In a moving ANZAC service at Anthony Wilding Retirement Village, we gathered to commemorate those New Zealanders who were killed in war, and to honour those who returned.
The service commenced at 2pm when guests were welcomed by Anthony Wilding village manager Sharon Armstrong.
The village chaplain Warren Read then spoke about the courage and sacrifice these brave men and women gave in service to our country. Everyone sang Abide with Me, accompanied by John Jennings on piano.
Warren also spoke about those suffering in the Ukraine in the present day.
“Today we hold before you, the people of Ukraine, and Russia. Every child, every adult. We long for the time when weapons of war are beaten into plowshares, when nations no longer lift sword against nation.”
The wreath was laid by Anthony Wilding WWII veteran Jack Marshall, who has been awarded the Distinguished Flying Cross for his service and courage.
Anthony Wilding resident Barbara Thomas read In Flanders Fields, the famous poem written by World War 1 Colonel John McCrae. It expresses grief over the “row on row” of graves of soldiers who died on Flanders’ battlefields in western Belgium and northern France.
Next, Sharon Armstrong read For the Fallen, an elegy written by English poet and playwright Laurence Binyon, which mourns, honours and celebrates the soldiers who died in WW1.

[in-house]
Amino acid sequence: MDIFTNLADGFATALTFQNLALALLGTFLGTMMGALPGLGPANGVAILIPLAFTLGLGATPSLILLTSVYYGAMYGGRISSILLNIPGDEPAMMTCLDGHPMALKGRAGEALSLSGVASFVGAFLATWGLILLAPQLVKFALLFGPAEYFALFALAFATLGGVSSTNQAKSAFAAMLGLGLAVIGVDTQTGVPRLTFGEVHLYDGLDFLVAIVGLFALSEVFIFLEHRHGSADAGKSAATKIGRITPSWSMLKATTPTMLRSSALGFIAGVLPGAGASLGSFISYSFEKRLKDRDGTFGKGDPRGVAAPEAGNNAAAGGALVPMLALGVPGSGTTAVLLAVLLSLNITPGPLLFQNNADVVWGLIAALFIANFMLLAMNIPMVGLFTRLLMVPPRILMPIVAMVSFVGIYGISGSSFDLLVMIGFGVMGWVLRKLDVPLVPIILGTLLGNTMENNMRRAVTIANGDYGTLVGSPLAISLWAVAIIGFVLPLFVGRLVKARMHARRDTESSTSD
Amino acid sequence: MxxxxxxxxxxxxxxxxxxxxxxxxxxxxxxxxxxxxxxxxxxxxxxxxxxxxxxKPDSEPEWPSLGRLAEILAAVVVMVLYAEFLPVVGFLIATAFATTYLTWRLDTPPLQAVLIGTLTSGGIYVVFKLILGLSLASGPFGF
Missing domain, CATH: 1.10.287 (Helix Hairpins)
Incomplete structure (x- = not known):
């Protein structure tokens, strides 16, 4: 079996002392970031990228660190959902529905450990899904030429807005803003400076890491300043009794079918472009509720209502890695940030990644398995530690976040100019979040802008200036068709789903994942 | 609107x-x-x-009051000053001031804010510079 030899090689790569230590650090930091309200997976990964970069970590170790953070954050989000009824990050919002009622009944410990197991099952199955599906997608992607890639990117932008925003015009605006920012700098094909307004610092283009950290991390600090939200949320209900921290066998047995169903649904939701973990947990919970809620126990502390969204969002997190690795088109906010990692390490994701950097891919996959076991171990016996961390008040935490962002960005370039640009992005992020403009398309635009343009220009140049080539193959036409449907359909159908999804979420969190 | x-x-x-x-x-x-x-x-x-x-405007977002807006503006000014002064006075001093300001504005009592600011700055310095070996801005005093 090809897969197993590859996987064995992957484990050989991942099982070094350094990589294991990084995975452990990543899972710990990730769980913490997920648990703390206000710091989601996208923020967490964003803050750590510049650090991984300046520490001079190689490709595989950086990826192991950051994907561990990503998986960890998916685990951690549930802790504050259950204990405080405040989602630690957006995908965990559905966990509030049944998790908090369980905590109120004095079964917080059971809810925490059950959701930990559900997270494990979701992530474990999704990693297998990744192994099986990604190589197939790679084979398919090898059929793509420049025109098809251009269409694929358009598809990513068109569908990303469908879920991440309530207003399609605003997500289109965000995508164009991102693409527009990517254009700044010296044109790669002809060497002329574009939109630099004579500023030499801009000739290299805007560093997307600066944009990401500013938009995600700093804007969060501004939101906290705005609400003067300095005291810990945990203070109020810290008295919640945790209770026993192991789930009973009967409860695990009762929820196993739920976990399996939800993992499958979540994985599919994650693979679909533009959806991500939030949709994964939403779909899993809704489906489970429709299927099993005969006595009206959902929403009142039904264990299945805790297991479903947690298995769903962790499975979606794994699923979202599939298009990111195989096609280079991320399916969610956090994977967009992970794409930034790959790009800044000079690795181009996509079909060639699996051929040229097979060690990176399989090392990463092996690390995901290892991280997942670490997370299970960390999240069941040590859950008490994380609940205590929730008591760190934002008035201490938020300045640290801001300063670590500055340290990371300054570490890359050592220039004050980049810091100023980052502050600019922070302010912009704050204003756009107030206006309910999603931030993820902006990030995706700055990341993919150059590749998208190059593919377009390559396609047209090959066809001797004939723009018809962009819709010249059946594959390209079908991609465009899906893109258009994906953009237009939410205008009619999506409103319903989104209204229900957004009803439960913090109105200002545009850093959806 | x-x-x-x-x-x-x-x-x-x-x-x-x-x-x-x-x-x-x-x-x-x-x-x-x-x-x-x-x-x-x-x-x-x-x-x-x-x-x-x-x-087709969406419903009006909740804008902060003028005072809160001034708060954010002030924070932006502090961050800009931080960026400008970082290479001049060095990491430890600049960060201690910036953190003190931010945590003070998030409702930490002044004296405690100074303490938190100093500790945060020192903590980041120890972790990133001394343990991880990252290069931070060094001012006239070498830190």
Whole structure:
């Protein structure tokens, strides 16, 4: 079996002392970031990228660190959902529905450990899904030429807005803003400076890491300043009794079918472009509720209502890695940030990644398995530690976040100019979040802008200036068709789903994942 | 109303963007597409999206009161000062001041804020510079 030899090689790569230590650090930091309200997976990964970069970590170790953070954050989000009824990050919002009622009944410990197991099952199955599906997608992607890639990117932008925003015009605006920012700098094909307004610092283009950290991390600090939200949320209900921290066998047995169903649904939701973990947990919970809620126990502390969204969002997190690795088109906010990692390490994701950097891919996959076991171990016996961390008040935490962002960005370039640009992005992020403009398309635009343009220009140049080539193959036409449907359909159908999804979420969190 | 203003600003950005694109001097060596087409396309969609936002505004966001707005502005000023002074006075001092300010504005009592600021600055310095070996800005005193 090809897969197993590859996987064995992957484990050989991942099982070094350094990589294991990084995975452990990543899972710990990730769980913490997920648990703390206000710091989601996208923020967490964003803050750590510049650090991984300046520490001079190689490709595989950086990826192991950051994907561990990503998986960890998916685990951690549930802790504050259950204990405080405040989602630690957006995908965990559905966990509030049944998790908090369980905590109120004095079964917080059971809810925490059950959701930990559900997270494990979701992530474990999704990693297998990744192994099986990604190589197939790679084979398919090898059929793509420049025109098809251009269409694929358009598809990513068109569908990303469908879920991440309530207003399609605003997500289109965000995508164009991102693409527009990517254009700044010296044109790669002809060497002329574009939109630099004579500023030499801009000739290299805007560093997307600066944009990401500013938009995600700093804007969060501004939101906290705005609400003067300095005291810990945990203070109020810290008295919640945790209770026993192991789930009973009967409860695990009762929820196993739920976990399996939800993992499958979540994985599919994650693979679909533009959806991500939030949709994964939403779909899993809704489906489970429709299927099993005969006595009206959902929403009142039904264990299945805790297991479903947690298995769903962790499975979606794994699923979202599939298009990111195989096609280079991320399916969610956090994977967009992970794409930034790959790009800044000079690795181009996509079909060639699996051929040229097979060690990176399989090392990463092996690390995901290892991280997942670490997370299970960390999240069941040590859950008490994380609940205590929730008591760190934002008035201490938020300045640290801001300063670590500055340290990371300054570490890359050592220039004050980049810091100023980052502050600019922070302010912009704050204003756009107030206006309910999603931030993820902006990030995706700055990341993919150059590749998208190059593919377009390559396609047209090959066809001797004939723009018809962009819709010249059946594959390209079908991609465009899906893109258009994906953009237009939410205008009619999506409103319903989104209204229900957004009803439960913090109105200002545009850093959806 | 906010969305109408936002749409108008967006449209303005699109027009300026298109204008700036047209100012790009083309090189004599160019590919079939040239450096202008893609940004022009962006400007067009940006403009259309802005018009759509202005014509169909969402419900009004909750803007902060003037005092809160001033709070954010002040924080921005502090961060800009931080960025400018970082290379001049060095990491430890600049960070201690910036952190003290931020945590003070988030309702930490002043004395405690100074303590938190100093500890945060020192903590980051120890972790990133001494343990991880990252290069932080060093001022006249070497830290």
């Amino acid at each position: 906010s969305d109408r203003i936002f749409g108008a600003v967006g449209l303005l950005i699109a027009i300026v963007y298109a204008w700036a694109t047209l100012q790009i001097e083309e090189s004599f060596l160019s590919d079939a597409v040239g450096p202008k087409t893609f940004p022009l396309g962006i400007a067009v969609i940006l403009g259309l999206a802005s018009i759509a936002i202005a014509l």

Then the haunting bugle call of The Last Post sounded, played perfectly by visitor Junho Kim. One minute of silence was held to honour those who were lost.
The service was concluded by the singing of the New Zealand national anthem.
The wreath layer, veteran Jack Marshall, is now 101 years old, and after the service he was interviewed by Donna-Marie Lever for TVNZ.
When war broke out, Jack enlisted with the RNZAF and joined 115 Squadron, flying Wellington bombers as a tail gunner. He survived an early crash in the North Sea but was rescued by a fishing trawler after 16 hours adrift.
Later, he switched to a pathfinder squadron and flew Stirling bombers. He flew with Fraser Barron, a highly decorated New Zealand WWII pilot, who became a close friend. Fraser was killed when he was just 23.
Jack is in the rear of the middle of these three Stirling bombers
Jack completed 46 missions. He could have ended his flying career after 45 flights, but he volunteered to do one extra mission when another crew was short. The odds of survival were one in three, and he counts himself lucky to have made it through.
He says he is an eternal optimist, and carried this attitude during the war, despite being in danger many times.
"I never for a moment thought I wouldn't make it."
Anzac Day is significant to Jack, and not a day goes by when he doesn’t think about his mates like Fraser who were lost.
“When you fly in a bomber it is all about your crew. My crew is always at the back of my mind, every day.’’
Jack being interviewed by Donna-Marie Lever from TVNZ. His late wife Molly is featured in the photo on the far left.
Jack features in the eighth edition of Ryman Healthcare's Stories of Service tribute book, which is now available in Ryman villages, libraries and RSAs.
This special commemorative book, featuring the wartime memories of 62 Ryman village residents, has been produced to tell our residents' stories of wartime service and mark ANZAC Day in New Zealand and Australia.
Two other Anthony Wilding residents featured in the book are Heather Haylock, aged 100 and Allan Reynish, aged 97. Heather served as a nurse aid from August 1942 to April 1946 with the New Zealand Voluntary Aid Detachment, and the New Zealand Women’s Army Auxiliary Corps. Allan enlisted in 1944 and joined the 26th Battalion and the 27th Machine Gun Battalion.